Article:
Spanish firms partner up to recycle wind farm components

Energyloop, a company owned by FCC Ambito and energy giant Iberdrola, has partnered with circular dismantling specialist Surus, to improve the recycling of wind turbine blades.

A site operative walking towards a wind turbine being dismantled Surus will provide wind turbine components to Hyperloop from its dismantling project. (PHOTO: Iberdrola)

The collaboration will see Surus provide wind turbine blades that are not suitable for resuse from its decommissioning and repowering projects - which involves the replacement of older turbines with new ones, to Energloop for recycling. 

Luis Sanz, Energyloop’s managing director, said: “This collaboration with Surus, which has a wealth of knowledge, will undoubtedly strengthen Energyloop’s activity and provide a strong boost to the circular economy, improving the necessary competitiveness and sustainability”.

Looking at the European wind sector, Energyloop estimates that by 2030 around 5,700 wind turbines will be decommissioned across the continent each year.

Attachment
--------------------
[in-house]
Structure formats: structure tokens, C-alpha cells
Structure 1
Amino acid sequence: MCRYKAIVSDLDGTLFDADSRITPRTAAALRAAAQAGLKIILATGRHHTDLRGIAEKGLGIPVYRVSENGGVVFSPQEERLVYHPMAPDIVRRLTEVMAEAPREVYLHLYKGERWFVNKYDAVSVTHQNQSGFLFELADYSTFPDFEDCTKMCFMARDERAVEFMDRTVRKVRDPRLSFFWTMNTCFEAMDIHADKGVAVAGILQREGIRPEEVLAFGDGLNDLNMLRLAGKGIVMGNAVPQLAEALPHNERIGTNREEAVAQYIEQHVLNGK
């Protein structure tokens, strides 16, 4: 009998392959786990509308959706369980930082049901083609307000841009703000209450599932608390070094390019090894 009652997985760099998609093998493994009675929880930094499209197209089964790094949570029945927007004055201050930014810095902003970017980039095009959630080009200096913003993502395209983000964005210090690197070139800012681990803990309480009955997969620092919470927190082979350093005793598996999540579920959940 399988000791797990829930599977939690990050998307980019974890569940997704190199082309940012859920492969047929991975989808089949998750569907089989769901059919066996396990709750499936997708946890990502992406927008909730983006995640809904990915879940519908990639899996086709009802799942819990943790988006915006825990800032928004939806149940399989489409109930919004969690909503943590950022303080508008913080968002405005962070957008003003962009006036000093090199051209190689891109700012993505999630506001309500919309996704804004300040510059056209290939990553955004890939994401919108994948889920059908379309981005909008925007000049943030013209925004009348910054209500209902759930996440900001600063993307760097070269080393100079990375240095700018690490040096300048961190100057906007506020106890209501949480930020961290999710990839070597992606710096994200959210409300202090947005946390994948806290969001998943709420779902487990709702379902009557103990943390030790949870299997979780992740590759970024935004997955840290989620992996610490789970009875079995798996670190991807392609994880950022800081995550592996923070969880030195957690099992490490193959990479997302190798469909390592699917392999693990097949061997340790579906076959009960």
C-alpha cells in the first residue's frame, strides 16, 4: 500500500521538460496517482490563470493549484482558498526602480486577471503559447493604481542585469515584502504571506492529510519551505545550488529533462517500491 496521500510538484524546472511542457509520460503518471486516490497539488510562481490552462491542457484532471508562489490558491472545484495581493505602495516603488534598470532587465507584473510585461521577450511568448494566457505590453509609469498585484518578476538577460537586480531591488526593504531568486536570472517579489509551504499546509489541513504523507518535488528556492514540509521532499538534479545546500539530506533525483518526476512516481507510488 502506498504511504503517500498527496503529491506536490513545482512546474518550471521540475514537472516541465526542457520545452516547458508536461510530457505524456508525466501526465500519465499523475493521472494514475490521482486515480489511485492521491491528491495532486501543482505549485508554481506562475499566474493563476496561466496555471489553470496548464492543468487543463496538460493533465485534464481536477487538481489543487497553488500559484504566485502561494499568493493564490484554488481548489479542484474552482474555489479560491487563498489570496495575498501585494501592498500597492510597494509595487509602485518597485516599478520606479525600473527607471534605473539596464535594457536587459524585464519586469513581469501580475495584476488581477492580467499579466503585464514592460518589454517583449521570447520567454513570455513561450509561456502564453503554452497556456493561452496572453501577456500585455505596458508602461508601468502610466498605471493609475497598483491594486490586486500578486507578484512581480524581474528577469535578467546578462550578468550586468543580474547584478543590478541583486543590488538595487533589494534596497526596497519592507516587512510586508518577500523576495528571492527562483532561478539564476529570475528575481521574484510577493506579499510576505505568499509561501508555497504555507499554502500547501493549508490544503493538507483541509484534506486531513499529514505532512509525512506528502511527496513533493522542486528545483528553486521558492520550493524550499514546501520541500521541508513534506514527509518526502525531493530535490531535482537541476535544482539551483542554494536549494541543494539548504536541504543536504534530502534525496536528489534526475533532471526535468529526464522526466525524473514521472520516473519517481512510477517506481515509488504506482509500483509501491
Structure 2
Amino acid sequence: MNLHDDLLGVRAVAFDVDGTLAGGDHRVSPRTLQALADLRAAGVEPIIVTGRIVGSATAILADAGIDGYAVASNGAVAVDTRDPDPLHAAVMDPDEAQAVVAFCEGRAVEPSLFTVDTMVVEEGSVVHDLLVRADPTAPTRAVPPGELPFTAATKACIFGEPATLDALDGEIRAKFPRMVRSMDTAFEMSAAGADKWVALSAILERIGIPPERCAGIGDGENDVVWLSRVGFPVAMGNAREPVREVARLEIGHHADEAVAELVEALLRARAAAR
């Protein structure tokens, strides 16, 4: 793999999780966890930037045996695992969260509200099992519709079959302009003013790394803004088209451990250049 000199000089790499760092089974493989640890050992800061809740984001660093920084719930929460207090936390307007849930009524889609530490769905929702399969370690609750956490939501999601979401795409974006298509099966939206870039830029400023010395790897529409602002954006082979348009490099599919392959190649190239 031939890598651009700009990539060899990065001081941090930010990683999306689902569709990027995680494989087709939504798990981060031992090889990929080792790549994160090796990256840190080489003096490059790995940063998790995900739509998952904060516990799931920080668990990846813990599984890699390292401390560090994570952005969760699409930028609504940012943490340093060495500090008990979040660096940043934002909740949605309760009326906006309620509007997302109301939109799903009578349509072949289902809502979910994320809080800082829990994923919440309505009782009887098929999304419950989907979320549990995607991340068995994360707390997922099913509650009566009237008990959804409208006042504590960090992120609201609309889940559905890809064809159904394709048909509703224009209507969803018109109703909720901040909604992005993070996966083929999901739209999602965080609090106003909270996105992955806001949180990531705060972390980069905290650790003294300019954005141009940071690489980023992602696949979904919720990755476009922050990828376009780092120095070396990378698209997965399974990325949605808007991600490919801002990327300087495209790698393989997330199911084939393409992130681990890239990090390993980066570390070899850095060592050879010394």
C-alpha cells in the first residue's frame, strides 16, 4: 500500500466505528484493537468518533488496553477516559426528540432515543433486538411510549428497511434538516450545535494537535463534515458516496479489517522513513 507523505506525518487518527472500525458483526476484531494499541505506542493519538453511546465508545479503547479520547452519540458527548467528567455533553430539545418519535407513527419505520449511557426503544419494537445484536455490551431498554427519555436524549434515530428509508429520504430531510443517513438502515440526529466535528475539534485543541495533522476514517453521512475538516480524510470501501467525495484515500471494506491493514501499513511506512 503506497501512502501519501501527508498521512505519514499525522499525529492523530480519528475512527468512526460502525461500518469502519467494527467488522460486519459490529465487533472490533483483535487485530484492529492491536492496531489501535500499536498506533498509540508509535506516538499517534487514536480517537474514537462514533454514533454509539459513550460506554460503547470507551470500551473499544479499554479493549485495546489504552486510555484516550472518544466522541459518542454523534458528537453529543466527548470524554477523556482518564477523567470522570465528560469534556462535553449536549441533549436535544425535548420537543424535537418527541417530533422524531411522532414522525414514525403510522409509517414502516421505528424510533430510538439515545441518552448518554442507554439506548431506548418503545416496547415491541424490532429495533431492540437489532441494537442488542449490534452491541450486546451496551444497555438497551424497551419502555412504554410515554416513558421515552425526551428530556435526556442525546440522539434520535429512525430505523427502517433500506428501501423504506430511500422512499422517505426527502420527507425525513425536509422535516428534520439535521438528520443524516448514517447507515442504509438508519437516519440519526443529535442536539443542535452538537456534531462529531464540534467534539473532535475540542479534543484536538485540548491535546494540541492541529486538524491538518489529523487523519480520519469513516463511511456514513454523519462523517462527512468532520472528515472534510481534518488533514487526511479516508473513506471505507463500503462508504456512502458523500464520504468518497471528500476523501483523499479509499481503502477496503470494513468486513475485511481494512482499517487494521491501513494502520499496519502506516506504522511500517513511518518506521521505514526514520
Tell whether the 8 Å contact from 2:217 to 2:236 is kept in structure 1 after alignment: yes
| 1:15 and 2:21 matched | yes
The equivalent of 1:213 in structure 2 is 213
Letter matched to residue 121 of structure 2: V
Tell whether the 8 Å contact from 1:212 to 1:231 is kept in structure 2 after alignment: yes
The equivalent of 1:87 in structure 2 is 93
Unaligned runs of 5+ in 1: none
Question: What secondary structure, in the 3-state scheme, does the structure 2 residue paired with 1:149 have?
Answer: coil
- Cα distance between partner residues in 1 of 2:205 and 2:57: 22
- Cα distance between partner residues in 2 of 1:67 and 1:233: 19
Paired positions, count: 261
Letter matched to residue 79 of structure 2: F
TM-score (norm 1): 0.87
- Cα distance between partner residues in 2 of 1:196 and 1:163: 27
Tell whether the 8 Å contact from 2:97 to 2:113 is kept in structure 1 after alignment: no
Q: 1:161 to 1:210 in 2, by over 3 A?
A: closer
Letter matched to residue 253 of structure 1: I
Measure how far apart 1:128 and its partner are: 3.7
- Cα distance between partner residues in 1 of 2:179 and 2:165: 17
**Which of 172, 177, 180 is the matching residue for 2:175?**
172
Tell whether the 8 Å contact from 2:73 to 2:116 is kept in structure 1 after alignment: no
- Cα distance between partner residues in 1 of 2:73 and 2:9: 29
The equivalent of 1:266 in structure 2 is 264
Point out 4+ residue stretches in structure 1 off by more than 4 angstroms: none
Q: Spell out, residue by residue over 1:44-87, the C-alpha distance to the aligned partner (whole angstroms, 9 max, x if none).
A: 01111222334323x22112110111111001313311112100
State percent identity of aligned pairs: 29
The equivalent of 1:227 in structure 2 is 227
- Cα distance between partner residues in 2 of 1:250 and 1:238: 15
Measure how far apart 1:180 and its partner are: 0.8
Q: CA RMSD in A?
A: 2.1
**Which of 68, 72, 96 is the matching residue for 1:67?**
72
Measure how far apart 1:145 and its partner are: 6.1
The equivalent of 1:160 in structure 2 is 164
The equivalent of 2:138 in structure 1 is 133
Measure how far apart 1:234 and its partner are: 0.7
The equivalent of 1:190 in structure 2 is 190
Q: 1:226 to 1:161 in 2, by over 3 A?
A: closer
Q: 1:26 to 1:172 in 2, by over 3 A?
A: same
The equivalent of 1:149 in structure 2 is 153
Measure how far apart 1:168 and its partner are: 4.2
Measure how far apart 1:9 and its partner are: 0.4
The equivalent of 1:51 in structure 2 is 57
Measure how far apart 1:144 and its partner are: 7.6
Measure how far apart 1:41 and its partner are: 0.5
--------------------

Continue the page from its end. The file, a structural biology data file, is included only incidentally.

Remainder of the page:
With 1,345 operational sites that collectively comprise more than 22,000 wind turbines and 66,000 turbine blades, Spain is believed to have the second highest number of wind farms in Europe.

“In order to continue to maintain its leadership in wind energy, Spain needs to modernise its wind farms, as they need to be modernised, both because of their age (more than 36% of wind turbines are more than 15 years old) and because of their efficiency and contribution to sustainability,” said Iberdrola. 

According to the company, “one of the consequences of the repowering projects that will be addressed is the need to provide a sustainable solution for the blades of the wind turbines that have been replaced”.

The recycling of wind turbines and blades is described by Iberdrola as a key challenge for the renewable energy sector.

The units have an average useful lifespan of 20 to 25 years and the blades are primarily made of polyester reinforced with fibreglass or carbon fibre, and sometimes other resins.

While such composite materials can be difficult and expensive to recycle, fluidised bed or solvolysis can be used to separate the resins and fibres into reusable materials, and mechanical shredding and separation yields materials that can be used as filler in building materials or plastics.

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